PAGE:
Thursday, June 13, 2013

Why Is Harper So Fervent About Free Trade?

Much has been written about the Harper government's obsession with concluding a variety of trade deals; probably one of the most worrisome in terms of its implications for Canadian sovereignty, jobs, environmental protection and culture is the Comprehensive Economic and Trade Agreement (CETA) that Canada is pursuing with the European Union, about which I have written previously.

As reported in the news today, Harper has just addressed both British Houses of Parliament advocating for it:

“It remains our hope that we will soon achieve a comprehensive economic and trade agreement with the European Union, Canada’s second-largest trading partner after the United States,” Harper said.

“For Canada, and for Great Britain as a member of the EU, this will be a historic step — a monumental one, in fact: A joint Canada-EU study has shown that a commercial agreement of this type would increase two-way trade by twenty per cent.

But like so much else about the cabal that currently rules us, I believe there is an underlying truth about Harper's fervour that his rhetoric seeks to obscure. The fact is that such deals, while they will open up new markets for business and thus help to fatten corporate coffers, will also make it easier for those very same corporations to continue to ignore their responsibility to create good-paying jobs in Canada.

Consider an obvious truth. In the old days, there was an understanding, a 'social contract' if you will, that good profits and good jobs went hand-in-hand. Pay your workers a good wage and they will buy your products. That premise, many would argue, has steadily eroded with freer trade, with job losses outpacing job creation, and a growing gap in inequality within Canada.

It is no secret that the middle class is dwindling, the same middle class that used to buy the bulk of goods and services produced domestically. Now, however, with outsourcing and the steady erosion of domestic manufacturing, that domestic market has shrunk. But it doesn't have to be that way.

In today's Star, Jonathan Power has a piece about the rapid growth of prosperity in the developing world. One of the most important observations he makes is the following:

The most important engine of growth of the developing South is their own domestic markets. The middle class is growing at a pace like never before. Within a dozen years the South will account for three-fifths of the 1 billion households earning more than $20,000 a year. Between 1990 and today, the South’s share of the world’s middle-class population expanded from 28 per cent to 58 per cent. Even in the poorer parts of India or Africa, mobile phones, motorbikes and contraceptives are fairly common. Phone sales are up to a cumulative 600 million in Africa — and climbing fast.

So, of course, these emerging markets are much coveted by the corporate agenda, further relieving them of their former 'burden' of job creation in order to expand their profits. And while the corporate press will continue to promote the propaganda of freer trade prosperity, we would all be wise to bear in mind that the prosperity it talks about is not to be found domestically, as they would have us believe, but rather, offshore.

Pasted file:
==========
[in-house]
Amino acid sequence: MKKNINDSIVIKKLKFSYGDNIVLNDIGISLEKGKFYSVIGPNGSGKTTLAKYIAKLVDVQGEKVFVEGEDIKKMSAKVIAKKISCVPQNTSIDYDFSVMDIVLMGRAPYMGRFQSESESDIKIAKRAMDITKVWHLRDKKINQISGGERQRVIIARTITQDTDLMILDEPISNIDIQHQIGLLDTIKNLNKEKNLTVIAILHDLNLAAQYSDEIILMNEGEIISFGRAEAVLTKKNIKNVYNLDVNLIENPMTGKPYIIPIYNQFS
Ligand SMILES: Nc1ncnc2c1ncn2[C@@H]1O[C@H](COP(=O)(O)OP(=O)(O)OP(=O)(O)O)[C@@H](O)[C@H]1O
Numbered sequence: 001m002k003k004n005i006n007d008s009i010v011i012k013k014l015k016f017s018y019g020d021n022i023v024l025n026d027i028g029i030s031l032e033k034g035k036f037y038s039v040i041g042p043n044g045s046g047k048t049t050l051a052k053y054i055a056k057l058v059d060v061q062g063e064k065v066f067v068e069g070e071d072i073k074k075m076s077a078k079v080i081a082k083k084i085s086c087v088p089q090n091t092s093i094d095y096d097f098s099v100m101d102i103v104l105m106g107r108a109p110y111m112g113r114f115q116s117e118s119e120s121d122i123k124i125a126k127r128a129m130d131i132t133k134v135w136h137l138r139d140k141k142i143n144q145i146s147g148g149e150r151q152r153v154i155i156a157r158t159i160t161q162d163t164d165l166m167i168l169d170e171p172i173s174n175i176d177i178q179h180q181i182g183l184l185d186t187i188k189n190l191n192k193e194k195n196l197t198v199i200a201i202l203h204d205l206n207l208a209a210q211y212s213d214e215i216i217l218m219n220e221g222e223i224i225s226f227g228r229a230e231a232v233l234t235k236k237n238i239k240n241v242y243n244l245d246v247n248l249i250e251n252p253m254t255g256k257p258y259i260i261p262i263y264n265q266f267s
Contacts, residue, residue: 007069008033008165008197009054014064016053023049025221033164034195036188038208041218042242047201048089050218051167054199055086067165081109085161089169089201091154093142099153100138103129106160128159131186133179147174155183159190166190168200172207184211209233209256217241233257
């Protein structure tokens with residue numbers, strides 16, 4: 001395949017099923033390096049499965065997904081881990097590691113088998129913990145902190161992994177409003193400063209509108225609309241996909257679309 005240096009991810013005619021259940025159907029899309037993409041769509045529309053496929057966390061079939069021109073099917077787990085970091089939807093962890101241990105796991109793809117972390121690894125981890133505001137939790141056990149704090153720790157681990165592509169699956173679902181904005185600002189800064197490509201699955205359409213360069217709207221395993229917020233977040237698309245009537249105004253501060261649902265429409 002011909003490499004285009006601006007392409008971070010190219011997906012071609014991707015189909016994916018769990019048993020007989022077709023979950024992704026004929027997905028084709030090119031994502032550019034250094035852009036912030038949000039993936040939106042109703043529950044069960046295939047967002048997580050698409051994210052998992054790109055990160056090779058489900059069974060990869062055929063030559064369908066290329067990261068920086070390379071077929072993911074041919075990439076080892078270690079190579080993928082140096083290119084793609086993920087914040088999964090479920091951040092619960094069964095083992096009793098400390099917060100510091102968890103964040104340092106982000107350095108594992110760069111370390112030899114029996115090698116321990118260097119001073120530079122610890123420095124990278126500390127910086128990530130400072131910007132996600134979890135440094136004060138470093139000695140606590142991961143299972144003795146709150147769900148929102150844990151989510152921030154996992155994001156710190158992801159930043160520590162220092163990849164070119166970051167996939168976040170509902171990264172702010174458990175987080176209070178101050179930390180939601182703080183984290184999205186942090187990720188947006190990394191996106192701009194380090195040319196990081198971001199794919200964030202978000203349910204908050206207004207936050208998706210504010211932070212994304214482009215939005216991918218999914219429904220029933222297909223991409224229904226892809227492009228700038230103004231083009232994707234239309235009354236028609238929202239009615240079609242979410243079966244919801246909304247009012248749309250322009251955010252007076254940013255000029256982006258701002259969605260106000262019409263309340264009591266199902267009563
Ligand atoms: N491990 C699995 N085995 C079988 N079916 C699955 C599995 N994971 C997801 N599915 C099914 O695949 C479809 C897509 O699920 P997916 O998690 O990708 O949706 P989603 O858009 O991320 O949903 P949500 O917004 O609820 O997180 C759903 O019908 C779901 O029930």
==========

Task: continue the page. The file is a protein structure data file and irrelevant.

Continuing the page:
1. As Stiglitz outlines in "The Price of Inequality" this gutting of the middle class is the direct result of legislation transferring wealth out of the blue and white collar working classes and into the accounts of the wealthiest, the rentier class. Warren Buffet has spoken of a powerful class war, one that the richest launched and are winning.

    Harper is a keen supporter of the FIRE (finance/insurance/real estate) economy where wealth is largely conjured and pools to the credit of the wealthiest. It is why Harper will not recognize the reality of a Carbon Bubble and the perils that holds for Canada, generally, and for Alberta especially.

    Free trade was sold on a false promise. Ours was supposed to morph into a "knowledge economy" in which we would no longer dirty our hands only the supposed knowledge jobs never materialized as the highly-paid, nation-building manufacturing and trades positions were offshored. The educational Marshall Plan that would have been needed was never funded and we have, instead, a Potemkin Village labelled "Action Plan Canada" topped up with a guest worker programme. And those knowledge jobs? A lot of them have been outsourced too. There's a reason why India opens 19-technical universities every year and it's falling behind China.

    We were sold down the river by the ideologically twisted minds of the Gang of Three - Reagan, Thatcher and Mulroney. It's mind-boggling that so many on the Right still venerate those charlatans.

  2. And sadly, Mound, there really seems to be no alternative vision being offered by either the Liberals or the NDP. Sure, Justin Trudeau can talk all he wants about the middle class, but until he articulates substantive policies that would foster its promotion, I regard his words as nothing more than platitudes. The same goes for Mulcair.

  3. It's no secret that I share your lack of confidence in both opposition leaders, Lorne. Neither of them acknowledges we can't have a strong Canada and a strong, cohesive society without rebuilding the middle class. Neither of them acknowledges that we can't rebuild the middle class without a huge dollop of legislative activism/interventionism. It was the political apparatus that created the conditions that undermined the middle class.

  4. Unfortunately, Mound, thanks to the relentless propaganda of our times and Canadians' historical ignorance/amnesia. the idea of government intervention is regarded as anathema. We can only hope for a restoration of balance in economic matters, but that won't happen until people become more informed and engaged.


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